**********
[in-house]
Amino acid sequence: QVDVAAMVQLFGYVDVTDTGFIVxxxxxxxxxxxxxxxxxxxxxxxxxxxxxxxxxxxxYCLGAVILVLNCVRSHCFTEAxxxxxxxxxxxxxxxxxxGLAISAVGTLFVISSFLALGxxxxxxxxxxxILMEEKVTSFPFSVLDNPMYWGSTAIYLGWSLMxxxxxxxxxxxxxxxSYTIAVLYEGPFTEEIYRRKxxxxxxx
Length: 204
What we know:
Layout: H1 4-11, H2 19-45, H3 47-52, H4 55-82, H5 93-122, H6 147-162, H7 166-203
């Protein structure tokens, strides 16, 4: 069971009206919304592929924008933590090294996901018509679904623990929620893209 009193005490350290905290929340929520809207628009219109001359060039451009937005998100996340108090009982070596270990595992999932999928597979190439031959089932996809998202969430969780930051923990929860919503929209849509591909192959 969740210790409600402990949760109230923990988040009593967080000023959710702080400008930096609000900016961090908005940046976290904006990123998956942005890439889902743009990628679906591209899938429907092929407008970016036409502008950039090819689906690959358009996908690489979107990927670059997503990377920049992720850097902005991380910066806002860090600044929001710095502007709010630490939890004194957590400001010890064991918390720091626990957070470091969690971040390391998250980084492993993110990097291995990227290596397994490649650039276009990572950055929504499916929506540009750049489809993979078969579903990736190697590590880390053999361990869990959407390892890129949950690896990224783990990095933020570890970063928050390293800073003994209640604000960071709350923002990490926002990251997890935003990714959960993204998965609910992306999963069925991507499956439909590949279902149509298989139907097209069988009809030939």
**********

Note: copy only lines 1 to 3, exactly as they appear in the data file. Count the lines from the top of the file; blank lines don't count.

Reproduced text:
[in-house]
Amino acid sequence: QVDVAAMVQLFGYVDVTDTGFIVxxxxxxxxxxxxxxxxxxxxxxxxxxxxxxxxxxxxYCLGAVILVLNCVRSHCFTEAxxxxxxxxxxxxxxxxxxGLAISAVGTLFVISSFLALGxxxxxxxxxxxILMEEKVTSFPFSVLDNPMYWGSTAIYLGWSLMxxxxxxxxxxxxxxxSYTIAVLYEGPFTEEIYRRKxxxxxxx
Length: 204